Of course much more narrow and specific questions about resources - ones that are bound to yield 2-3 answers max, should be still welcome. Something so broad - maybe one or three per site is enough to cover all needs.

  • A very good example of a poll / resource question with regular updates and high quality content is our C++ booklist. Just as another example. – Xeo Dec 12 '12 at 8:57
  • @Xeo It's worth noting that our book question is the only one of the highly upvoted ones that survived the deletion-audit back in March. And we fought hard for it too. – Mysticial Dec 12 '12 at 9:00
  • 1
    In other words, it takes a lot of maintenance and some pretty heavy-handed moderation to keep it from degenerating. – Mysticial Dec 12 '12 at 9:02
  • Should difficulty of maintenance override usefulness of a resource? Too often I see laziness as the motor of moderation here. "Let's kill it early, will save us work later, and usefulness be damned." – SF. Dec 12 '12 at 10:12
  • @SF: It's not lazyness, it's a crap bunch of work to keep those lists up-to-date and clear of spam / low-quality content. – Xeo Dec 12 '12 at 18:59
  • I think @Mysticial is saying it's a case of cost/benefit -- the benefit ("usefulness") might be there, but it's at an extraordinary cost to the community, mods, and top users. – user74 Dec 12 '12 at 19:54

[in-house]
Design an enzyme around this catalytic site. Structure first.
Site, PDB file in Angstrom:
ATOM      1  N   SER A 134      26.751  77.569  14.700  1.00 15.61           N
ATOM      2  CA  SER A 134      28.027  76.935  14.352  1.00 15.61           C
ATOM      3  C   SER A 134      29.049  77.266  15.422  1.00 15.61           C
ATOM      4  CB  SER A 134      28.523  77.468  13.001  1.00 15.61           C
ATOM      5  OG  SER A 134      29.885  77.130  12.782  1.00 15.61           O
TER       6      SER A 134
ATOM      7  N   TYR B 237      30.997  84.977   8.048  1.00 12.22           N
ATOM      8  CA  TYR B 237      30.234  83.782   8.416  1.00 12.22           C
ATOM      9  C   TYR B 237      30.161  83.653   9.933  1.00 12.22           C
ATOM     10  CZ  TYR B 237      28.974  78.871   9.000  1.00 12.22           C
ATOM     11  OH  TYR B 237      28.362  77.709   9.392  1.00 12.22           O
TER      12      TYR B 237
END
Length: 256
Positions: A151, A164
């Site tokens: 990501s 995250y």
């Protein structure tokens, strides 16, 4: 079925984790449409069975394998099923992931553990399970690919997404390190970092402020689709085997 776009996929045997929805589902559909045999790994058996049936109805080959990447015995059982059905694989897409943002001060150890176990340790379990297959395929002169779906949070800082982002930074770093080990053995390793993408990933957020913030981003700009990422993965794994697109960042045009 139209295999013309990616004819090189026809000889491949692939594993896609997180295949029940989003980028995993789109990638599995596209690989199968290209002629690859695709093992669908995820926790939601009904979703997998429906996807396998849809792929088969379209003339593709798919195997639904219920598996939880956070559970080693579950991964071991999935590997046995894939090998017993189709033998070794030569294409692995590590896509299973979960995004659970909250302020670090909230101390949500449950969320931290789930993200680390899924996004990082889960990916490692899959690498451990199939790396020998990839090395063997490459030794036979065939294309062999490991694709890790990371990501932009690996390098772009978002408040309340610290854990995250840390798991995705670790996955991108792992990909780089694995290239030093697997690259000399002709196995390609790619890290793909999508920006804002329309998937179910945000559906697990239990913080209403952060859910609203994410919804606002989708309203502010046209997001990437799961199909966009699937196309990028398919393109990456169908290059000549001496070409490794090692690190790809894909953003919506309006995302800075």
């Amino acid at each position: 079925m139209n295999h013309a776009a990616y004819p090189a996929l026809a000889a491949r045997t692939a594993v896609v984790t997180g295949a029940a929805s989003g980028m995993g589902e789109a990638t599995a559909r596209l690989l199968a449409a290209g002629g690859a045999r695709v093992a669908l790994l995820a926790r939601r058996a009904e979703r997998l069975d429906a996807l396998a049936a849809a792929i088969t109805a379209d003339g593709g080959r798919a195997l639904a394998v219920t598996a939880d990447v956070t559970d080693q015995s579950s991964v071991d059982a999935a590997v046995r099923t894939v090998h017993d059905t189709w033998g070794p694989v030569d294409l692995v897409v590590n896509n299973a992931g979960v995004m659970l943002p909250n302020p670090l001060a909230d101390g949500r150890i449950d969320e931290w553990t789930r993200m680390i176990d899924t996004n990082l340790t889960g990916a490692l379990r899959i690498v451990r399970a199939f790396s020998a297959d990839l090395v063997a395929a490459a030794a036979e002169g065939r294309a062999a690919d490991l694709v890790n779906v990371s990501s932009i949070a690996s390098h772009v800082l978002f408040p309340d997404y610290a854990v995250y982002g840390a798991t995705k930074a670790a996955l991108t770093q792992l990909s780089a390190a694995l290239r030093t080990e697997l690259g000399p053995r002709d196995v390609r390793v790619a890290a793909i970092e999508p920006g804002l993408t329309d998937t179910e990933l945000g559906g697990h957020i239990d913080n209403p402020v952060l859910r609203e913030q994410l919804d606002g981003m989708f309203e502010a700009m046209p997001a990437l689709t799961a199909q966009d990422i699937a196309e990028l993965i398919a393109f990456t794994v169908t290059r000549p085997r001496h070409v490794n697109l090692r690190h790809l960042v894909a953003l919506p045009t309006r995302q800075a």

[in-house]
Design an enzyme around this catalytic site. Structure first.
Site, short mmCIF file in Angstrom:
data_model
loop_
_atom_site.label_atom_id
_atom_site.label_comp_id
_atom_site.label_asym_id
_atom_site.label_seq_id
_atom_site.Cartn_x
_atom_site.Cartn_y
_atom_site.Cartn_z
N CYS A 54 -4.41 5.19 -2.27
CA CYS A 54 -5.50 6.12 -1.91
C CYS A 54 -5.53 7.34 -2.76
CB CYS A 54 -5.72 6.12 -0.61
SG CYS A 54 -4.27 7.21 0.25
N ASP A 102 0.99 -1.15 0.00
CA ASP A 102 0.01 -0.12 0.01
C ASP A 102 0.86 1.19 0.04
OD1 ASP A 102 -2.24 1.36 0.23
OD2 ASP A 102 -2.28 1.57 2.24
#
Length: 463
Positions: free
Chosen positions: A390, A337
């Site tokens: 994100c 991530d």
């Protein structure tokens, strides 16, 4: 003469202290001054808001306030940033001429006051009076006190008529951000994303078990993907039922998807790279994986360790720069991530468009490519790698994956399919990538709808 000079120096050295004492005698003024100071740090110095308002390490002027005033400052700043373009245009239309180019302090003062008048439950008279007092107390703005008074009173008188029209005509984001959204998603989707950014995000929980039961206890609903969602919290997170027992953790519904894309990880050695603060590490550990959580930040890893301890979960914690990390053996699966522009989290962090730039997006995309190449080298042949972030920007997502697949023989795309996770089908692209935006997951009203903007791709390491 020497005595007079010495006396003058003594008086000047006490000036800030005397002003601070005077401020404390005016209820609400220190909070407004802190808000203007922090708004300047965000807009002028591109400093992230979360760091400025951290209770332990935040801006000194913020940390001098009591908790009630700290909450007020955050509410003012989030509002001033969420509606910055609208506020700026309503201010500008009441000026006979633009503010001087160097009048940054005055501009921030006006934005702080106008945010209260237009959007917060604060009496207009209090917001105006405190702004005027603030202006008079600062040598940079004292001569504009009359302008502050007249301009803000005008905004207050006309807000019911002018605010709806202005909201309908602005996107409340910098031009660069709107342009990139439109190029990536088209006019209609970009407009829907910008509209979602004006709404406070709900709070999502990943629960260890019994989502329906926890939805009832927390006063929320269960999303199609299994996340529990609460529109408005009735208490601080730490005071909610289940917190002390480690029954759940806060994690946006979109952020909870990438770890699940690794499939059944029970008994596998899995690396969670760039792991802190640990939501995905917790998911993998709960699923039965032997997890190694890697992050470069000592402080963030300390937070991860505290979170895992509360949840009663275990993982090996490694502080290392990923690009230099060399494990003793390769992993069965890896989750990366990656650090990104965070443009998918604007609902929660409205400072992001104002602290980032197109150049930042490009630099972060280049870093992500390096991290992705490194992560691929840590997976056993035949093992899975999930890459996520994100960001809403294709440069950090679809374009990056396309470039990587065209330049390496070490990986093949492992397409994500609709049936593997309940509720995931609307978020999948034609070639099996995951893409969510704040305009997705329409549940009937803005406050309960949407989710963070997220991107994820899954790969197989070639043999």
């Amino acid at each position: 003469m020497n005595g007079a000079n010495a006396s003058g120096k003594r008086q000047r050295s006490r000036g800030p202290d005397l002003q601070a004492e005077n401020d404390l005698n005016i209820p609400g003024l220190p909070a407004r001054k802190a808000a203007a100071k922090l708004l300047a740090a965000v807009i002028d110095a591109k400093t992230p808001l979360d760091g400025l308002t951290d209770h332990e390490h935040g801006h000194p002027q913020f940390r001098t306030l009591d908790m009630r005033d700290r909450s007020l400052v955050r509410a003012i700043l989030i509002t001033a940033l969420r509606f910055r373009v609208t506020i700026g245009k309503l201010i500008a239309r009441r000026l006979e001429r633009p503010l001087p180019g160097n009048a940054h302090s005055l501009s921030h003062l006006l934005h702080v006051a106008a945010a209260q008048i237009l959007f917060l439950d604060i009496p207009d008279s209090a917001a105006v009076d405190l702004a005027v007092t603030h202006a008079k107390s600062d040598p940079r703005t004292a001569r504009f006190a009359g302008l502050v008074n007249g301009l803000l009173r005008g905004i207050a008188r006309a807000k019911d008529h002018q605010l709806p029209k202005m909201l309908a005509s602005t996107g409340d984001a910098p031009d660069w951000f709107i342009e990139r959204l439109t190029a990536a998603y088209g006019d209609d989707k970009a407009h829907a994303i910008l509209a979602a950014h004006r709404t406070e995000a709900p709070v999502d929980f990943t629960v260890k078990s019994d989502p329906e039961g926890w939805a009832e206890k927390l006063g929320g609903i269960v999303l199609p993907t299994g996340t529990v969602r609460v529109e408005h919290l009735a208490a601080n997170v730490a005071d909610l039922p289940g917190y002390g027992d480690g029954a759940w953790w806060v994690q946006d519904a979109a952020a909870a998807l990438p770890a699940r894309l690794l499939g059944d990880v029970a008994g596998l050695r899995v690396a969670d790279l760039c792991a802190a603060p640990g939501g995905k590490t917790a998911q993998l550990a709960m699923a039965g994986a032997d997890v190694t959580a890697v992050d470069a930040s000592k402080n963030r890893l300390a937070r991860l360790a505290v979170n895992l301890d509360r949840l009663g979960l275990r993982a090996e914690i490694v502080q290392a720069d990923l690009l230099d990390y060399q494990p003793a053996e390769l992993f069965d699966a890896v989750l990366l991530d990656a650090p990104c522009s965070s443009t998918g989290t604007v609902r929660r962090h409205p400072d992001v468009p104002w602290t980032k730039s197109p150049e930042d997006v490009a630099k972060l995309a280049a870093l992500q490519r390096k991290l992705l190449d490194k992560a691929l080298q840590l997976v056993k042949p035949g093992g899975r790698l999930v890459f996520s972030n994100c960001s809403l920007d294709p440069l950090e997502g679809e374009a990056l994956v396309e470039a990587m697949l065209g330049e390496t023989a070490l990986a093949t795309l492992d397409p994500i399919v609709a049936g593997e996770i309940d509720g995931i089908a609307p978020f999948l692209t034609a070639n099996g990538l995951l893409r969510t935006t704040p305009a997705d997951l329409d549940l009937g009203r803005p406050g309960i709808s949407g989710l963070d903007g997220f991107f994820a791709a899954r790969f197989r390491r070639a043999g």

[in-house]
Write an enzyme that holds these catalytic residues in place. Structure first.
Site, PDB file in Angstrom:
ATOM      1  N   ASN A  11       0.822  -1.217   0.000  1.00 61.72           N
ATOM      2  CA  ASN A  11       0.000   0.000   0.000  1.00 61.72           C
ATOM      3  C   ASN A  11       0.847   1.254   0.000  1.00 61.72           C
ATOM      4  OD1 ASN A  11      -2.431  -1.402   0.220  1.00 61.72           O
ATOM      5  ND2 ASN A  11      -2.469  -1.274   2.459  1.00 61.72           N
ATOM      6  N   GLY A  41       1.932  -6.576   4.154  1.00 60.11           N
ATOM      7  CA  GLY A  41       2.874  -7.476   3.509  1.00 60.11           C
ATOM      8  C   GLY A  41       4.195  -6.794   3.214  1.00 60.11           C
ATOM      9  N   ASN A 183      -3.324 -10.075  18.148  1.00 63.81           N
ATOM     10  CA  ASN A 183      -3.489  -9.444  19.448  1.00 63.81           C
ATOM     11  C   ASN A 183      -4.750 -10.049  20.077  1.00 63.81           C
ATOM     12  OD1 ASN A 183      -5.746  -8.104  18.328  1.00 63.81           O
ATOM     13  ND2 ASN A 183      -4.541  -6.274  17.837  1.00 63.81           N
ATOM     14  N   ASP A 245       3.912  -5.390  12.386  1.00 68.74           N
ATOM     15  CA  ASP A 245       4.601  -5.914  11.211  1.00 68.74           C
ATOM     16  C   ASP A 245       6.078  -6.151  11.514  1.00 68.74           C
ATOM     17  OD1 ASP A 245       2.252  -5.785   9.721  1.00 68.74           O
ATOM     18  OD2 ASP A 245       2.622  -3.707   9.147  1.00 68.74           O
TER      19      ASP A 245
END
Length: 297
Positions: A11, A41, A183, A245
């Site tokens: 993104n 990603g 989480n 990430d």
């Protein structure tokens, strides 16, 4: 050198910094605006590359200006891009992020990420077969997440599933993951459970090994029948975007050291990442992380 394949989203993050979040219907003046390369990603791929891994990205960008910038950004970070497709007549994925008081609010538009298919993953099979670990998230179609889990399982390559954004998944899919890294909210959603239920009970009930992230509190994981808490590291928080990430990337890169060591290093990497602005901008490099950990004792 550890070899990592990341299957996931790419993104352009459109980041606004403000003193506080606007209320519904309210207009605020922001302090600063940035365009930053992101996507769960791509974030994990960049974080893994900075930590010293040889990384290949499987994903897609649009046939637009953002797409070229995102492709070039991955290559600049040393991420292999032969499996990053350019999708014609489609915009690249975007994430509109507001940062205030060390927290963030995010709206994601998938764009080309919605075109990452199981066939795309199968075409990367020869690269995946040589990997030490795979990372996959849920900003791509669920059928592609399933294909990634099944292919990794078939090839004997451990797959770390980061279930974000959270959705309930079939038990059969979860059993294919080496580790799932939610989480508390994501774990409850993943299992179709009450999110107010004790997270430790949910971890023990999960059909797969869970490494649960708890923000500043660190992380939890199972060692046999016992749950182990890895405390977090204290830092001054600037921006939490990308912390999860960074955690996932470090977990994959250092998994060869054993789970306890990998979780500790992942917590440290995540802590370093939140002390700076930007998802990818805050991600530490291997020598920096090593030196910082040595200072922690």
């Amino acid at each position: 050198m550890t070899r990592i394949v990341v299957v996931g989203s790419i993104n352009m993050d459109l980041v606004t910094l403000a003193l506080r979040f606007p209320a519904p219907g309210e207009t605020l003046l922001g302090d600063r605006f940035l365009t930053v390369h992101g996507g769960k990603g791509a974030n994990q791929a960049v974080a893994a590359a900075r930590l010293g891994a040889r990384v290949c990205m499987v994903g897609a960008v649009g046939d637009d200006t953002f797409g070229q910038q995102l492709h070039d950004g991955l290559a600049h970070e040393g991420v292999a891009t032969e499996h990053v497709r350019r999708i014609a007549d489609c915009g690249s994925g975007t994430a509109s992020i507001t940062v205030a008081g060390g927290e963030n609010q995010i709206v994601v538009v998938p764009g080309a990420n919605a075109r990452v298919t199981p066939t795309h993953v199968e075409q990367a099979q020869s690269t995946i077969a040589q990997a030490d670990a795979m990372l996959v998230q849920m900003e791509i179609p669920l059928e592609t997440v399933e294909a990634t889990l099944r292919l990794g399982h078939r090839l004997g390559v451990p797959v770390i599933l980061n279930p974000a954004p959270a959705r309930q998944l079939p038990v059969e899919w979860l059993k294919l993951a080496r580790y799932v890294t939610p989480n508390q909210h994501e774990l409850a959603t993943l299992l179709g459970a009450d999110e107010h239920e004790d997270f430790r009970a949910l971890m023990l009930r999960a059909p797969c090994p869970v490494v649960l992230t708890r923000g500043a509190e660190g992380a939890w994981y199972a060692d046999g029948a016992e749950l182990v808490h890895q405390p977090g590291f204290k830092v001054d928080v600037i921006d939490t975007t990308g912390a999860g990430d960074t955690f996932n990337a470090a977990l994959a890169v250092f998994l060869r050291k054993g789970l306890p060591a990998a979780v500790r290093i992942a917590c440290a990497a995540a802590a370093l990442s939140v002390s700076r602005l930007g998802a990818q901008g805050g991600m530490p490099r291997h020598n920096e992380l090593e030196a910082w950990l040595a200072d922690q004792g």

• @Kasuchiko: Are you sure the cost is so extraordinary? We can always close and/or delete the questions if they become unmaintainable. Meanwhile, the number of answers alone says the demand is pretty high, and it takes a long time for such a list even completely unmaintained to decline in usefulness through link rot to something -worse- than no list at all. – SF. Dec 13 '12 at 9:02
  • I think the price of maintenance is incredibly high, and this is a known cost. Frankly, this is a question that is easily googled and of the type that this platform simply doesn't handle well. Let a blog / Tumblr post be the de facto resource; it doesn't have to be us here. Frankly, it shouldn't be us here. – user74 Dec 13 '12 at 16:51
  • @Kasuchiko: I think I can agree to that: Go one meta level up. We don't provide lists of resources. We allow just one link to a site that maintains such a list. This way users are still satisfied and the cost of maintaining one link is quite acceptable. – SF. Dec 17 '12 at 21:00

You must log in to answer this question.

Not the answer you're looking for? Browse other questions tagged .